Docker, Inc., the company behind the popular Docker containerization platform, today announced its new business plan, which involves changing the way it licenses its software and emphasizes services. This new approach isn’t likely to win over all of Docker’s customers—especially those who use their own version of Docker or other container platforms like OpenStack, Kubernetes, or Mesos—but it could lead to more lucrative deals for the company in the long run. The first part of this new plan involves a radical change to the way Docker distributes its software.
Today, Docker announced a new business plan that includes changes to the Docker Desktop license. The biggest change is that the desktop app will now be free for non-commercial use. This is a big win for developers who want to use Docker for personal projects or learning. There are some catches though. If you are not an individual and your company generates more than $100,000 in annual revenue then you need to purchase a commercial subscription from Docker Inc.
The other catch is that if you build and distribute applications with containers created on the desktop version of Docker, those apps can only be used by those people who have purchased the commercial subscription.
User Interface Updates
Docker today announced a new business plan that includes changes to the Docker Desktop license. The update brings a new user interface that makes it easier to find and use containers. The company also plans to add support for Kubernetes and other orchestration tools. In addition, Docker will make it easier for developers to work with containerized applications.
We’re committed to making Docker the best way to build, ship, and run any application, said David Messina, senior vice president of marketing at Docker.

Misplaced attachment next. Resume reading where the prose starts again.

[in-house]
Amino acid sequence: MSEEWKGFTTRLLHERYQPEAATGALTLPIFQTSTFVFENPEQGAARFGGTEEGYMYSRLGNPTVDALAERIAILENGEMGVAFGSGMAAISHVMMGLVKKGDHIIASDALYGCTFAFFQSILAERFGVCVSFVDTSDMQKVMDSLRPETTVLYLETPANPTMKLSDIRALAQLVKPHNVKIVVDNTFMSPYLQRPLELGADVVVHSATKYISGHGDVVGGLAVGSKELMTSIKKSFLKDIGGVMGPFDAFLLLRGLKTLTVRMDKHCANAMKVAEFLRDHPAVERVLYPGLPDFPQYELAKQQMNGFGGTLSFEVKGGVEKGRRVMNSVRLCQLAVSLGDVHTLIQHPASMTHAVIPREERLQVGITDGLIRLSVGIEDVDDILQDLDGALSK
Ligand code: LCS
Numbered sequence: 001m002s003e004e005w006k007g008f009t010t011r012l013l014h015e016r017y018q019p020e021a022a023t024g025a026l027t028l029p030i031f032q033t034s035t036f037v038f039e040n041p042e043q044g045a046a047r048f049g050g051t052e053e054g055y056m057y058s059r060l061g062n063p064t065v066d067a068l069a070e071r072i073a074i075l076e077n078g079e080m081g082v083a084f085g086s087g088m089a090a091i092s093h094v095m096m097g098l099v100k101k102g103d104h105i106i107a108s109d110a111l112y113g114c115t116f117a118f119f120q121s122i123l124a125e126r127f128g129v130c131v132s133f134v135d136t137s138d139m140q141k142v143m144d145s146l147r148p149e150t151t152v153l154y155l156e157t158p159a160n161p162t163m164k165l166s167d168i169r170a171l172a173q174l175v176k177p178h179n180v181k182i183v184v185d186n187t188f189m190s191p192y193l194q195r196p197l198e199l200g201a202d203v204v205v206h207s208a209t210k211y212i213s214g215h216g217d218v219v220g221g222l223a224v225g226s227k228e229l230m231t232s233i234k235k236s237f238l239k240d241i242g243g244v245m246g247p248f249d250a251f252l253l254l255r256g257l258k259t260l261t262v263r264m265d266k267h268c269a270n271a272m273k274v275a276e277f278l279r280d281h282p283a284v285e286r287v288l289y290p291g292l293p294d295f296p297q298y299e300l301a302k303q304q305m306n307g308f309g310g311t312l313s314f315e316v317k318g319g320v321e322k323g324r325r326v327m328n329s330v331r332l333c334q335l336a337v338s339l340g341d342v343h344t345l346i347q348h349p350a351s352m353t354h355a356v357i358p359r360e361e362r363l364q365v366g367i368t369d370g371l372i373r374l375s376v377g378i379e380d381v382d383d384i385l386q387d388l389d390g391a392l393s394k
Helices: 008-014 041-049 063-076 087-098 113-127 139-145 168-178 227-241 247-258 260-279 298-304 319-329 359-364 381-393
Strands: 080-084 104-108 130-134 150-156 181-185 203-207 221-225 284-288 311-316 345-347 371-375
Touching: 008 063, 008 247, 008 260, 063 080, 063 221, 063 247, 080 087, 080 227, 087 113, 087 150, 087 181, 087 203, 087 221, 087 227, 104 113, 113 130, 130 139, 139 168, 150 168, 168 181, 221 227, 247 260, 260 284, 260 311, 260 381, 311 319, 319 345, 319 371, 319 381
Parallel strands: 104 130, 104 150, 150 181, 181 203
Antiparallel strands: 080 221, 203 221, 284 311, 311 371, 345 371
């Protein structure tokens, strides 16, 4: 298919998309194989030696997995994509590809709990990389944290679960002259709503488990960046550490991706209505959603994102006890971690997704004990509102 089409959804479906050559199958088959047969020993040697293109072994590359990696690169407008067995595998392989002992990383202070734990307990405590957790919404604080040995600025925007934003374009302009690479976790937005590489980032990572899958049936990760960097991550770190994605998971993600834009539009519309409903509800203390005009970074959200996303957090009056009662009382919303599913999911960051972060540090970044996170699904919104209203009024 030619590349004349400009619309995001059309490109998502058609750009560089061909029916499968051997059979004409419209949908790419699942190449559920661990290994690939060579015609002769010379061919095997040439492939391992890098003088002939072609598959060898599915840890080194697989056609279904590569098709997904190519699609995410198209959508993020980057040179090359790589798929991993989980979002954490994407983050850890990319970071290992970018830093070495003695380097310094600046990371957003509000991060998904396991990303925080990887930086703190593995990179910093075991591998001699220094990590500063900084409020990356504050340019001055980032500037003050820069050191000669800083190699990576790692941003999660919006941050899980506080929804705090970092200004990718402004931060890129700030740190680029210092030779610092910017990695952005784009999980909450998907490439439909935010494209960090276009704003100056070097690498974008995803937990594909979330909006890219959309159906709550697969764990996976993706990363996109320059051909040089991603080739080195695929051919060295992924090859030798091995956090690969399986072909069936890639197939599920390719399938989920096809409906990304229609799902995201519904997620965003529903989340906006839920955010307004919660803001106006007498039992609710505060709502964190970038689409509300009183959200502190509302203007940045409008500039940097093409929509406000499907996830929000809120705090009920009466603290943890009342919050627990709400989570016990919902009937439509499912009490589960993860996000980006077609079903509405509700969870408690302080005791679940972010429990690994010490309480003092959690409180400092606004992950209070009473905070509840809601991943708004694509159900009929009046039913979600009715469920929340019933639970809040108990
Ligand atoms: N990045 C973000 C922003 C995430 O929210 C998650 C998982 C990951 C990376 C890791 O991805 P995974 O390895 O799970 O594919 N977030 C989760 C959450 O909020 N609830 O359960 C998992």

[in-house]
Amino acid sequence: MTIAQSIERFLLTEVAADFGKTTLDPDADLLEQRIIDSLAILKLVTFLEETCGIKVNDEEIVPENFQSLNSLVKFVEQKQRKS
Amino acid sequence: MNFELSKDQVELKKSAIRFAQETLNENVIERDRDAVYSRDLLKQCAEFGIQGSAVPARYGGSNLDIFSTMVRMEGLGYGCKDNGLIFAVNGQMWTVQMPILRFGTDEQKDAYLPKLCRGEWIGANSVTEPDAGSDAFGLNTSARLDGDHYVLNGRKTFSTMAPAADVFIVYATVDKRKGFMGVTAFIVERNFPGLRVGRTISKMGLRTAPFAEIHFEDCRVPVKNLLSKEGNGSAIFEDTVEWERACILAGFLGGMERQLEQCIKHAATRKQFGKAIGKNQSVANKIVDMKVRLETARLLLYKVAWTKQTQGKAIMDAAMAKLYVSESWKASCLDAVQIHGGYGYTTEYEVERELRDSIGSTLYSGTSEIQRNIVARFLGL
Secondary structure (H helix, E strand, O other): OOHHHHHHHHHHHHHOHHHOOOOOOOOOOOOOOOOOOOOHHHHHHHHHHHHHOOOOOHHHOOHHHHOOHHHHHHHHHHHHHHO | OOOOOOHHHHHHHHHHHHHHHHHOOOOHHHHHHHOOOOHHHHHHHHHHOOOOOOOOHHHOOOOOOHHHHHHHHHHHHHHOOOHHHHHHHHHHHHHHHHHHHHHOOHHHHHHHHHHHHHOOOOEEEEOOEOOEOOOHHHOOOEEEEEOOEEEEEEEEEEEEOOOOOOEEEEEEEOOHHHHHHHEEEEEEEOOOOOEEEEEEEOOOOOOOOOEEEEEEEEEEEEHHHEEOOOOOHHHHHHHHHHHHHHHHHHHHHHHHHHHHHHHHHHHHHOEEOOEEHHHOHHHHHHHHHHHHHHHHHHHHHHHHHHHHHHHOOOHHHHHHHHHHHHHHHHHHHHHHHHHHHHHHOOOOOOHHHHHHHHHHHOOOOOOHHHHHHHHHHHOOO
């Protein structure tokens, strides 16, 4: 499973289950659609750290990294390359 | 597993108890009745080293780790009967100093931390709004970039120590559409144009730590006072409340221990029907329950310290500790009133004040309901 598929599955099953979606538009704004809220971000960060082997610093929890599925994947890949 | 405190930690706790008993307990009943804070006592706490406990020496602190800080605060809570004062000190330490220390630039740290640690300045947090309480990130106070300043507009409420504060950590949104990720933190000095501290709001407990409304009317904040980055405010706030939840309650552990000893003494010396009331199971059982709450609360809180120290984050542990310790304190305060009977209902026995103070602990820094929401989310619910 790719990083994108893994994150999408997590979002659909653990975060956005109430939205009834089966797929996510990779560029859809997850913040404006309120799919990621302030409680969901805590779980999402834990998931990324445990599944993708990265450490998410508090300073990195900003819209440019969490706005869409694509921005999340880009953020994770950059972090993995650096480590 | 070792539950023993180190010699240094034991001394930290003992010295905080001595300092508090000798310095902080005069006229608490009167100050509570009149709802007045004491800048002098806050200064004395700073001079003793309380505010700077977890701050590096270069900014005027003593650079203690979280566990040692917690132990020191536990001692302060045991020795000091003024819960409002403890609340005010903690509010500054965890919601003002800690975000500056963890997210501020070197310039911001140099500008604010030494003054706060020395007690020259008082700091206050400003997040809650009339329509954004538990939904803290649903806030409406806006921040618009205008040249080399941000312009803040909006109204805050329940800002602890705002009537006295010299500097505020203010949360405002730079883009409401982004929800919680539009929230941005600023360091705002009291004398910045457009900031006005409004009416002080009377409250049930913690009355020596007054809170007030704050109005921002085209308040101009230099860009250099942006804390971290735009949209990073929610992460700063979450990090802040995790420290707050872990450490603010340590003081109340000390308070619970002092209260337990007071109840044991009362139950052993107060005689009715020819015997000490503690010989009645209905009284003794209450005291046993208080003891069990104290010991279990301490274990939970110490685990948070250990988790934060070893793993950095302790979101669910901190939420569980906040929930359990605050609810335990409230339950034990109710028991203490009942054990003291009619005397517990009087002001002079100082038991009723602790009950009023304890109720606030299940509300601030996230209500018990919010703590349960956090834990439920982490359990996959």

Container Networking Improvements
Docker has announced a major new business plan that includes some changes to the Docker Desktop license. The plan is designed to improve the company’s container networking capabilities and make it easier for customers to use Docker in the cloud. The changes to the Docker Desktop license will allow customers to use the software on any number of machines, regardless of whether they are running Windows or Linux. This should make it much easier for customers to deploy Docker in the cloud.
Docker today announced a new business plan that includes changes to the Docker Desktop license. The company will now offer support for LinuxKit and Snapcraft, two popular container technologies. It also plans to take its enterprise-grade product into the education market by partnering with both Red Hat and Microsoft. We have been approached by customers from every industry in every geography asking us to enable them to use our containers as part of their infrastructure. said Ben Golub, CEO of Docker Inc. The question we asked ourselves was not if but how we bring these capabilities in the form of a complete solution.
Open Source Project Contributions
Docker today announced a new business plan that will see the company significantly increase its investment in open source projects. The move comes as the company looks to position itself as a leader in the containerization space. As part of this initiative, Docker has pledged to spend $1 billion over the next five years on contributions to various open-source projects, such as OpenStack and Rancher. A key focus of these contributions will be on improving scalability and performance for containers at scale with updates to the Kubernetes project, enhancements to Linux Containers (LXC) across distributions, and continued investments in cri-o for storage orchestration and container workloads.
Docker today announced a new business plan that will see the company focus more on enterprise support and services. The plan includes changes to the Docker Desktop license, which will now be free for non-commercial use. Commercial users will be able to purchase an annual subscription for access to enterprise features and support.
As part of its new business plan, Docker is launching a series of training programs to help developers and operations teams learn how to use its platform. The programs will include both online and in-person courses, taught by experts from Docker and its partner companies. They are aimed at individuals as well as enterprises that want to adopt the open container standard. Courses start this month and range from $25-$2,000 depending on what they are meant for.